Large format = Good. It’s about art. Traditional smaller-format video cameras focus on having a long zoom range in a compact design. That’s why they have tiny sensors. But that is not art. Having the tools to make images into art means having control of your lens focal length. Traditional S35 video cameras can’t effectively do wide angle. They just cut off any ability to get ultra-wide shots. This is why the Arri Alexa 65 camera is suddenly becoming sort after. The top cinematographers want to work on large format cameras. The imagery they get sets them apart from the… Read more »

 Ian Hunter
Member

Only in today’s hyper-quality saturated world would we call full frame 35 sensors “tiny.”

 Oscar Stegland
Member

Seriously, what? With the exception of the fact that large format gives a unique look with a shorter depth of field, I’m hard pressed to find anything in your post that isn’t pure bullshit. Stop focusing so much on what you’re shooting on and you’ll learn to see art in anywhere. Is Ed Lachman’s work on Carol not art because he shot on S16? Did he choose S16 because of the zoom ranges available? Fuck no, he shot it on S16 and mostly on primes because he felt that that was the best way to tell the story. Art in… Read more »

 Ian Hunter
Member

Although Deakins is probably experimenting more than at any other time with Blade Runner, considering the content.

 Oscar Stegland
Member

He’s shooting Blade Runner on Alexa XT and Master Primes just like his past several films, so not really…

 Beebee Lestr
Member

Oscar, let yourself feel secure about the work you do. If someone wants to set themselves apart from the masses by using different gear, it shouldn’t offend anyone else. In fact, it’s a good goal for everyone to set themselves apart, using whatever tools or methods they deem appropriate. I’m just pointing out there is increasing demand for larger format video cameras. If you don’t see any use in them, that’s perfectly fine. But there’s a movement going on from people who do believe there is a beautiful look achieved with a larger sensor. I think it’s just a matter… Read more »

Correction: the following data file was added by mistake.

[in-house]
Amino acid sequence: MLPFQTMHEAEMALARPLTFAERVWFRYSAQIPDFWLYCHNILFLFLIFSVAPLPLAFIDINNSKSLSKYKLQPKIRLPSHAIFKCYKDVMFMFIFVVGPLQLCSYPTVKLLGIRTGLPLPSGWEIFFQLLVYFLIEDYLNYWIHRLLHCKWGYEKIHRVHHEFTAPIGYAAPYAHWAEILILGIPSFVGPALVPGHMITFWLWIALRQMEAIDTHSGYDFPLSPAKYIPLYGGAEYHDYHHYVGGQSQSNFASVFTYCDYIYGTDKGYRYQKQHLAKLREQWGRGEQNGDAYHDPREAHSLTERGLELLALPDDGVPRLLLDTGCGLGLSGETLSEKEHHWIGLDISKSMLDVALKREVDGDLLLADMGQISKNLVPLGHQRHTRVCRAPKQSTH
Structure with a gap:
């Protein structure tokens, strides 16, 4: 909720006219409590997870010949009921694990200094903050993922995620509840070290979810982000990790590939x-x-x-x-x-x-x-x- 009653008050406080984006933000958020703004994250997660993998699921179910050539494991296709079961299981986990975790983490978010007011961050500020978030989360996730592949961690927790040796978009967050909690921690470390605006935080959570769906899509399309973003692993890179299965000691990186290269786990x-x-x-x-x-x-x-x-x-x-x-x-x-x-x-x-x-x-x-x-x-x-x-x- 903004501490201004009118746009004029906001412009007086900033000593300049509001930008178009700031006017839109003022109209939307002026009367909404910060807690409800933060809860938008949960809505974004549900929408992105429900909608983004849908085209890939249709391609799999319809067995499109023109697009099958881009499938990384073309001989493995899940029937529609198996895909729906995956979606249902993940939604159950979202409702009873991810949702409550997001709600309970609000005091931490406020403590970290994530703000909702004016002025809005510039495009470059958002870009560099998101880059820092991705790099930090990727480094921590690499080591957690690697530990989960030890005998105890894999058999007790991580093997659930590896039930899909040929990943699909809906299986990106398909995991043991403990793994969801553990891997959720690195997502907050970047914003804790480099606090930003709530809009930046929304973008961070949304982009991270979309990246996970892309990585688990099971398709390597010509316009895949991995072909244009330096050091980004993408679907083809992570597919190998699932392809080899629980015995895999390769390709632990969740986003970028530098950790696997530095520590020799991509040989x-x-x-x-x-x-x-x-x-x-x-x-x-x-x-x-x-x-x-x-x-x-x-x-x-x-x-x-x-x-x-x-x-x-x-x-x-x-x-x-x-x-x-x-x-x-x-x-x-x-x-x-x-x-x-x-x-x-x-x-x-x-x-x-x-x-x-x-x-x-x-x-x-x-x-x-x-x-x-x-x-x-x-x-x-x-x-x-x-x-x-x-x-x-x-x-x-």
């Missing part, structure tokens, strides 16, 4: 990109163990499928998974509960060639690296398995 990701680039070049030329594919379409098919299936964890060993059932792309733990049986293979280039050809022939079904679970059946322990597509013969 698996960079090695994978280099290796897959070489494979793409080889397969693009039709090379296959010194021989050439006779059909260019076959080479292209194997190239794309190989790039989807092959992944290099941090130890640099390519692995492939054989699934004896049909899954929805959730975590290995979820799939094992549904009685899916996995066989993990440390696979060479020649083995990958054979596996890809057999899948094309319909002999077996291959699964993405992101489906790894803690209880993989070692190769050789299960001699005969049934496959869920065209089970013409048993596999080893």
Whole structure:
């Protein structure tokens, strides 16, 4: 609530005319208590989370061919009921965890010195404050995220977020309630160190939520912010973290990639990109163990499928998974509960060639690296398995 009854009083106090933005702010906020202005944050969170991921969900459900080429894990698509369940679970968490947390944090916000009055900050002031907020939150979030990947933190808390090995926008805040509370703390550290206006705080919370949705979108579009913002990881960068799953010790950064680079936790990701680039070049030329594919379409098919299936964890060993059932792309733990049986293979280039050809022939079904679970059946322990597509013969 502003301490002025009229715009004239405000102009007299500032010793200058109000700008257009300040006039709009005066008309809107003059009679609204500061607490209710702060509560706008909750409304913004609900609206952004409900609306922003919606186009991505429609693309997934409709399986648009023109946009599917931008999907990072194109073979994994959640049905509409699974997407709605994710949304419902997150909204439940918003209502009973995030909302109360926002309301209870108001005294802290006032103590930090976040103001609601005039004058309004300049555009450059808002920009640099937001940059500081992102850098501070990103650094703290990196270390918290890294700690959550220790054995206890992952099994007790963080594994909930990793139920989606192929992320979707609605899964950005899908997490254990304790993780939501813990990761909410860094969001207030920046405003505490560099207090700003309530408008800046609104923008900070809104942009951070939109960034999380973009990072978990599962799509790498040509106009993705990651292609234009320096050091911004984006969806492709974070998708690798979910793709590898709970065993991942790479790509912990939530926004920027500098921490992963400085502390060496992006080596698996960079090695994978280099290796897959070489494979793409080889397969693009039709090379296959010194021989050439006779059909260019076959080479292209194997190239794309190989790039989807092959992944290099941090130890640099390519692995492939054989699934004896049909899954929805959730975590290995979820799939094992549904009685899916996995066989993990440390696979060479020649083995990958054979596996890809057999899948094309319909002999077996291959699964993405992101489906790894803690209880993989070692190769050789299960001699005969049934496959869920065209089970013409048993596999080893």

Oscar Stegland
Member

I feel fine about the work I do. I’m still up and coming and none of what I shoot looks like Deakins’ work. Again, that’s fine and well. I’m not saying there’s not a push for large format cinematography. There absolutely is, and it’s great. If I can shoot digital 65mm in a decade with cameras that are less than $10k, I’d be super happy. Still, it wouldn’t make mine or anybody else’s work stand out. Your work should stand out because of your talent and your choices as a DP, which is exactly how it works today. The Revenant… Read more »

 Ian Hunter
Member

Speaking of 16, “Jackie” was a beautiful example of the talent you speak of.

 Ian Hunter
Member

What gets me is the lost opportunity with the new cams/sensors to market them effectively. It seems whenever a new professional tool comes along, it’s some company rep or generic video shoot that introduces it. Instead of filming leafs and Japanese portraitures, bring in some A-List film makers to debut the new tech. All too often it’s much later down the road that it ends up in the hands real auteurs.

 Ian Hunter
Member

And The difference between full frame and MF/Format is….

 Beebee Lestr
Member

Full-Frame stills format has a 36mm wide sensor. You have to crop some pixels top and bottom to achieve a 16:9 aspect image.

Fujifilm’s medium format camera has a sensor that’s almost 44mm wide.

Super35 video cameras have an image sensor around 22mm wide, which is less than a quarter the size of Fujifilm’s sensor

 Ian Hunter
Member

So, basically it’s like the IMAX of still photography.